Please note that my primary concern here is not with philosophy but with writing. I’m arguing for the long sentence, contending that we have made ourselves stupid by refusing to express a thought that cannot be reduced to a single clause, by putting periods between every clause and sometimes phrase, by eliminating the semi-colon from the realm of comprehension, by compelling students, even in college, to think about matters for which the reading materials they have encountered have disabled them, by developing an attitude of resentment toward any writer that challenges their intellects beyond a single conjunction.

A thing of beauty

A thing of beauty shouldn't need to be explained and a long sentence when handled by a wordsmith is exactly that. I know what Nielsen’s reports all say about the capacity or at least the inclination of those reading online these days but, for God's sake, just stop a second and enjoy the words.

William Faulkner – 'Barn Burning'

The boy, crouched on his nail keg at the back of the crowded room, knew he smelled cheese, and more: from where he sat he could see the ranked shelves close-packed with the solid, squat, dynamic shapes of tin cans whose labels his stomach read, not from the lettering which meant nothing to his mind but from the scarlet devils and the silver curve of fish--this, the cheese which he knew he smelled and the hermetic meat which his intestines believed he smelled coming in intermittent gusts momentary and brief between the other constant one, the smell and sense just a little of fear because mostly of despair and grief, the old fierce pull of blood. – 117 words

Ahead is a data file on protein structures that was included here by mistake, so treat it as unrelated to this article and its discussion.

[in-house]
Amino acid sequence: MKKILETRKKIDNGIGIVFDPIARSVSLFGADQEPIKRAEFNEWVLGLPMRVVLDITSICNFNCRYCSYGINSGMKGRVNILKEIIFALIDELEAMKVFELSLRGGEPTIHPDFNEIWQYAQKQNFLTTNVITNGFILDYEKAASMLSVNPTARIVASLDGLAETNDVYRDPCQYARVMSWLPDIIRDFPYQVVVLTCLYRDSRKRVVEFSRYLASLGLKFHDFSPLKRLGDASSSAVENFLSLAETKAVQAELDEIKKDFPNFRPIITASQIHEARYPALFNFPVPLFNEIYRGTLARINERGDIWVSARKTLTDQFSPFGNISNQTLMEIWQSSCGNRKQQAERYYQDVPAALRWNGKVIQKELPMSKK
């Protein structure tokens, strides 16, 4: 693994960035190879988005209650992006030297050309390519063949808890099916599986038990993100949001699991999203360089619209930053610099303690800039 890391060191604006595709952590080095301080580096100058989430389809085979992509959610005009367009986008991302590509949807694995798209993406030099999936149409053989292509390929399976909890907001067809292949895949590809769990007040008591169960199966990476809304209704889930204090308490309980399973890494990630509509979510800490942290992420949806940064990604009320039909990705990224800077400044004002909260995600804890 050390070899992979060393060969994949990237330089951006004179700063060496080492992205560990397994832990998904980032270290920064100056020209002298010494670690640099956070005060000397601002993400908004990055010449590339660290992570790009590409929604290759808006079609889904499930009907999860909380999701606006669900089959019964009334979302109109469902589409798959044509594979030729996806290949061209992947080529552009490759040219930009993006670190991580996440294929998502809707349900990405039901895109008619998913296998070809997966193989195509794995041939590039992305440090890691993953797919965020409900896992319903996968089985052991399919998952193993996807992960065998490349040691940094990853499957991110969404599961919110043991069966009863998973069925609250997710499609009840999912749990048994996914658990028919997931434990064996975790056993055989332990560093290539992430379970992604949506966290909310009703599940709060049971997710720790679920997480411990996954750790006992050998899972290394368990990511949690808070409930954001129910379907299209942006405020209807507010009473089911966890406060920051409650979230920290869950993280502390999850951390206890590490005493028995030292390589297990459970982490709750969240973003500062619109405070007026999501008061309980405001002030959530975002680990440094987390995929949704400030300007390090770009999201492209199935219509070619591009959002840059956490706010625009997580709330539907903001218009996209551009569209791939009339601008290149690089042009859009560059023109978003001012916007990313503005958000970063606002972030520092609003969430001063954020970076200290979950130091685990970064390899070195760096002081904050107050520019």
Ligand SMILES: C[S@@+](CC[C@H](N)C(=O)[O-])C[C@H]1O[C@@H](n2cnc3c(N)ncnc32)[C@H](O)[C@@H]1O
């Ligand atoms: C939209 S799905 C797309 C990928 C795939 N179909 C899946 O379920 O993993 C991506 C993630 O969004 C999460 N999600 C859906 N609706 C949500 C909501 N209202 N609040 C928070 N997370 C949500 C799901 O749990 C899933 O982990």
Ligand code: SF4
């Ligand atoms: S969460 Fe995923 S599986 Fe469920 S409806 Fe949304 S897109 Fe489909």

Thomas Love Peacock – Crochet Castle

In one of those beautiful valleys, through which the Thames (not yet polluted by the tide, the scouring of cities, or even the minor defilement of the sandy streams of Surrey,) rolls a clear flood through flowery meadows, under the shade of old beech woods, and the smooth mossy greensward of the chalk hills (which pour into it their tributary rivulets, as pure and pellucid as the fountain of Bandusium, or the wells of Scamander, by which the wives and daughters of the Trojans washed their splendid garments in the days of peace, before the coming of the Greeks); in one of those beautiful valleys, on a bold round-surfaced lawn, spotted with juniper, that opened itself in the bosom of an old wood, which rose with a steep, but not precipitous ascent, from the river to the summit of the hill, stood the castellated villa of a retired citizen. – 149 words

Thomas Pynchon, Against the Day